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Marshall University Researchers Foresee a 'Perfect Storm' for RFID in Health Care
RFID technology is competing for the attention of hospital IT departments, a study says, but when deployed, it can reduce costs by hundreds of thousands of dollars, and benefit hospitals experiencing growth due to the Affordable Care Act.
Dec 10, 2013—
The health-care industry is poised to undergo significant changes related to information sharing and supply chain management, at the same time that the Affordable Care Act (ACA)—also known as Obamacare—is expected to swell the volume of patients that hospitals and clinics manage on a daily basis. With these changes taking place, RFID promises to be a benefit to the health-care sector, by reducing the cost of supply chain management (for tracking inventory on hand and locating missing items when needed for health-care services), according to a study conducted by researchers at Marshall University, in Huntington, W.Va. However, whether the numerous changes facing the IT departments, as well as the impending volume of patients, will encourage or discourage RFID installations has yet to be seen, says Alberto Coustasse, an associate professor of health-care administration on the faculty of Marshall University's College of Business, and a coauthor of the study. The report was published in the fall 2013 edition of Perspectives in Health Information Management, a peer-reviewed research journal. The need for electronic data management, in addition to the anticipated growth in demand for health care and health information technologies (HIT), creates what he calls "a perfect storm" that could either limit RFID deployment in the short term, or help to launch it.
Currently, the researchers say, approximately 10 percent of hospitals have an RFID-based solution in place to track equipment and supplies, using either passive or active RFID tags attached to consumables and reusable assets. That percentage is likely to rise, according to the study, but how fast this will occur depends on multiple competing issues. "The benefits from the application of RFID are potentially significant," Coustasse says, though he warns that competition from other health IT programs, as well as the lack of standardization across the sector, may delay the technology's mass adoption in the health-care market.Impact of Radio-Frequency Identification (RFID) Technologies on the Hospital Supply Chain: A Literature Review," analyzed published literature regarding RFID deployments. According to Coustasse, the researchers found that RFID provides significant financial benefits by decreasing supply chain costs, while the greatest barriers to adoption include pending electronic management requirements, a lack of interoperability with other systems, and the high cost of implementation without a clear return on investment (ROI).
Meanwhile, the perfect storm that Coustasse describes consists of multiple new mandates and incentive programs to better manage data that is putting pressure on hospitals' IT departments and budgets. "Organizations will be stressed because the colliding factors will all change the hospital in numerous ways," he states. For instance, the Health Information Technology for Economic and Clinical Health (HITECH) Act is intended to expand the adoption of health information technology, such as a nationwide network of electronic health records (EHR) or health information exchanges (HIE). This matters, he explains, because as of March 2013, there were 941 vendors providing more than 1,700 unique certified EHR products, which could create interoperability problems with RFID technology. For example, a hospital's EHR system would need to support an RFID solution that tracks patients' treatments within its emergency department.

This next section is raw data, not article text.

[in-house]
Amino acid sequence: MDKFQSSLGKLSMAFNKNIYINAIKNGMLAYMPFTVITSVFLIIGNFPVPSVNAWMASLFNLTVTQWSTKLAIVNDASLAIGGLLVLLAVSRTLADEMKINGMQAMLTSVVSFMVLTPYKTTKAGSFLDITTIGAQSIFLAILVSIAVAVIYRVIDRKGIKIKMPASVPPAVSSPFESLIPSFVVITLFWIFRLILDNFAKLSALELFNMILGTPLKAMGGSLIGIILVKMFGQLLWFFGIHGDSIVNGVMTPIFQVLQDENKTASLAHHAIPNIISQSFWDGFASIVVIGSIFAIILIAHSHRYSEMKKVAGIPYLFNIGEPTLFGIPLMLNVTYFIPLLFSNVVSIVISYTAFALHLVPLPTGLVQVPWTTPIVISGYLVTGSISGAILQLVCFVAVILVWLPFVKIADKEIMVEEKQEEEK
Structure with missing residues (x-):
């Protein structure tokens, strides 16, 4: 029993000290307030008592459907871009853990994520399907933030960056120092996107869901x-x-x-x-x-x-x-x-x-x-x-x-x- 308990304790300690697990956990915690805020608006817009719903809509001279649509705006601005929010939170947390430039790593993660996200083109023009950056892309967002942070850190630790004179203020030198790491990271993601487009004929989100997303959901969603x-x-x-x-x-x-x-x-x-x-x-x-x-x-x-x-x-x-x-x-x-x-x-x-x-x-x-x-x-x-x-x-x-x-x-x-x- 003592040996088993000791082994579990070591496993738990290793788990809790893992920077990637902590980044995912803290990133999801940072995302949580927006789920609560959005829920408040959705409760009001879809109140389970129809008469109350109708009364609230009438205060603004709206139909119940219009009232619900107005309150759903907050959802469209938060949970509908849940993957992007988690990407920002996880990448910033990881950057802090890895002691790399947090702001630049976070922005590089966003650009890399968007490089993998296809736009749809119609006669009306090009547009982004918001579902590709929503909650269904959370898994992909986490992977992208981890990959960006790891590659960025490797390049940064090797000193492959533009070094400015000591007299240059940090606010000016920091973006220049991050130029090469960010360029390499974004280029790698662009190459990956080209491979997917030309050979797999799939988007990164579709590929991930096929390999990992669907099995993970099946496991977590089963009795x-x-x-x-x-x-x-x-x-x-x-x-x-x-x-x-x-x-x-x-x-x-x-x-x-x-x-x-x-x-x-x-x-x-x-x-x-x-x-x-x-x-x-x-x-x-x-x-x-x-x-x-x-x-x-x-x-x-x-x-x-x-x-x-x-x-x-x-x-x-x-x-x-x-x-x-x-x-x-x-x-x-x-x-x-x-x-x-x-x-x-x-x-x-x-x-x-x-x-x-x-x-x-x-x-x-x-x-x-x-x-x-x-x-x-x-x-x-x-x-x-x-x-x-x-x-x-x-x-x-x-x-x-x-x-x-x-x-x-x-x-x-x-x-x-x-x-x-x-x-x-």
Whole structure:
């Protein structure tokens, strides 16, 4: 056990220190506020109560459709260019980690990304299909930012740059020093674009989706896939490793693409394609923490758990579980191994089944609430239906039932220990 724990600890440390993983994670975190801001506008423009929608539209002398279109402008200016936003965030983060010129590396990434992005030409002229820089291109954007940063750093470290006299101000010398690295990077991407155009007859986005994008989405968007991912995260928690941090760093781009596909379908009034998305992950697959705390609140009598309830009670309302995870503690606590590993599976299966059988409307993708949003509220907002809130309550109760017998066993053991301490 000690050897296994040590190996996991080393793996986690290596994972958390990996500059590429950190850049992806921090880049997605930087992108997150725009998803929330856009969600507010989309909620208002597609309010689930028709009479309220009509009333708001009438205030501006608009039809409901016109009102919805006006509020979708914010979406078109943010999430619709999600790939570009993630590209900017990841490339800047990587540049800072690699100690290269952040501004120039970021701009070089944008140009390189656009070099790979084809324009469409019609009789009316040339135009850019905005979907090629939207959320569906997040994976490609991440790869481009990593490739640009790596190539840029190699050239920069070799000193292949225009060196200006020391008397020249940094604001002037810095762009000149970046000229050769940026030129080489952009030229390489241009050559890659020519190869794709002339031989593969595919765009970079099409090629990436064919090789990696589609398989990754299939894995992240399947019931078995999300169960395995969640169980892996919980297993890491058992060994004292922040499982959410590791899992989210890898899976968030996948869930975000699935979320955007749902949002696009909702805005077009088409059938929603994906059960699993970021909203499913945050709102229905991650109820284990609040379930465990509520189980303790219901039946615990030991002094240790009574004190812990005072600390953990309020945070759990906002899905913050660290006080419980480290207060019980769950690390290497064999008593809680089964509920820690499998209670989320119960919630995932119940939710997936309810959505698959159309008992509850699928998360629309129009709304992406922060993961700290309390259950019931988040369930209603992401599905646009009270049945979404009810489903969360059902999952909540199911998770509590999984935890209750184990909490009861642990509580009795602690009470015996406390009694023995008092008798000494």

The U.S. Department of Health and Human Services, under a mandate from Congress, has developed regulations to guide technology providers and software developers in creating certified HIE and EHR systems at hospitals. The HITECH Act provides financial incentives to medical facilities that adopt EHR technology by the end of 2014, after which it will begin imposing penalties on those that fail to meet adoptions requirements.
Hospitals are also facing an Oct. 1, 2014, mandated deadline for the adoption of the International Classification of Diseases, Tenth Revision (ICD10) for new classification codes that must be incorporated into their records. These challenges are putting further pressure and a financial strain on IT departments, and on entire hospitals, and are causing medical facilities to weigh the costs of implementing systems in order to meet ICD10 and HITECH requirements versus the expenses related to deploying RFID. "This competition presents a very real barrier [for RFID adoption]," Coustasse says—though ironically, he adds, RFID also promises to vastly improve HIT data gathering.
"The only way I see that RFID technology adoption becomes massive in health care is through a federal mandate, like 'meaningful use,'" Coustasse says, referring to a set of rules defined by the Centers for Medicare and Medicaid Services (CMS) EHR incentive programs. In 2011, the American Hospital Association (AHA) recommended the use of RFID or bar codes at patients' bedside for the purpose of medication administration. Coustasse also teaches health-care informatics systems and research courses for the university's health-care administration and health informatics master's degree programs, and discovered RFID as one of his programs' research topics. In 2008, he began including RFID in his research curriculum, and both students and faculty members embarked on researching RFID deployment in the health-care market, along with the benefits the technology might provide.
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